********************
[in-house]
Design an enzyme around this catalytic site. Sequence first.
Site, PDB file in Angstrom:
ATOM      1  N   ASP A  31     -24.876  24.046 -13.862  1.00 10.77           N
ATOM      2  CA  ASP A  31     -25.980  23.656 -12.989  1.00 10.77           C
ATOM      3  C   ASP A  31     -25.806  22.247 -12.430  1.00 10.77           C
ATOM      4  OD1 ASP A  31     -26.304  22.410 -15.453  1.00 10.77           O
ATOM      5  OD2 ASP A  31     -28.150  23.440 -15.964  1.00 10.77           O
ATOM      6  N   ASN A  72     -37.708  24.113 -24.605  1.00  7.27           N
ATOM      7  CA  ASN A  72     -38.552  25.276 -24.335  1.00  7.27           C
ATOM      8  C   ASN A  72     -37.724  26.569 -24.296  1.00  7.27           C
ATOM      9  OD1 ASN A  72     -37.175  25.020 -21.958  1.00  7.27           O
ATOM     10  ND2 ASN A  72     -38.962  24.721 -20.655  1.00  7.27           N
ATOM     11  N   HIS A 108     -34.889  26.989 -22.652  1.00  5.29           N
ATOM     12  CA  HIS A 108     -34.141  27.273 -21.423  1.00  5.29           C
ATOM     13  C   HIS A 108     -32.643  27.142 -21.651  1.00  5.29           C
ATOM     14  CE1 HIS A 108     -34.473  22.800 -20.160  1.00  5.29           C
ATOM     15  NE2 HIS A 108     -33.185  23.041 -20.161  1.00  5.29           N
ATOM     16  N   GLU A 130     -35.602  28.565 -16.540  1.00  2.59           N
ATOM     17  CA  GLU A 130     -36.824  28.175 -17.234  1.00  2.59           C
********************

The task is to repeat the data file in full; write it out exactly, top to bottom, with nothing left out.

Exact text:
[in-house]
Design an enzyme around this catalytic site. Sequence first.
Site, PDB file in Angstrom:
ATOM      1  N   ASP A  31     -24.876  24.046 -13.862  1.00 10.77           N
ATOM      2  CA  ASP A  31     -25.980  23.656 -12.989  1.00 10.77           C
ATOM      3  C   ASP A  31     -25.806  22.247 -12.430  1.00 10.77           C
ATOM      4  OD1 ASP A  31     -26.304  22.410 -15.453  1.00 10.77           O
ATOM      5  OD2 ASP A  31     -28.150  23.440 -15.964  1.00 10.77           O
ATOM      6  N   ASN A  72     -37.708  24.113 -24.605  1.00  7.27           N
ATOM      7  CA  ASN A  72     -38.552  25.276 -24.335  1.00  7.27           C
ATOM      8  C   ASN A  72     -37.724  26.569 -24.296  1.00  7.27           C
ATOM      9  OD1 ASN A  72     -37.175  25.020 -21.958  1.00  7.27           O
ATOM     10  ND2 ASN A  72     -38.962  24.721 -20.655  1.00  7.27           N
ATOM     11  N   HIS A 108     -34.889  26.989 -22.652  1.00  5.29           N
ATOM     12  CA  HIS A 108     -34.141  27.273 -21.423  1.00  5.29           C
ATOM     13  C   HIS A 108     -32.643  27.142 -21.651  1.00  5.29           C
ATOM     14  CE1 HIS A 108     -34.473  22.800 -20.160  1.00  5.29           C
ATOM     15  NE2 HIS A 108     -33.185  23.041 -20.161  1.00  5.29           N
ATOM     16  N   GLU A 130     -35.602  28.565 -16.540  1.00  2.59           N
ATOM     17  CA  GLU A 130     -36.824  28.175 -17.234  1.00  2.59           C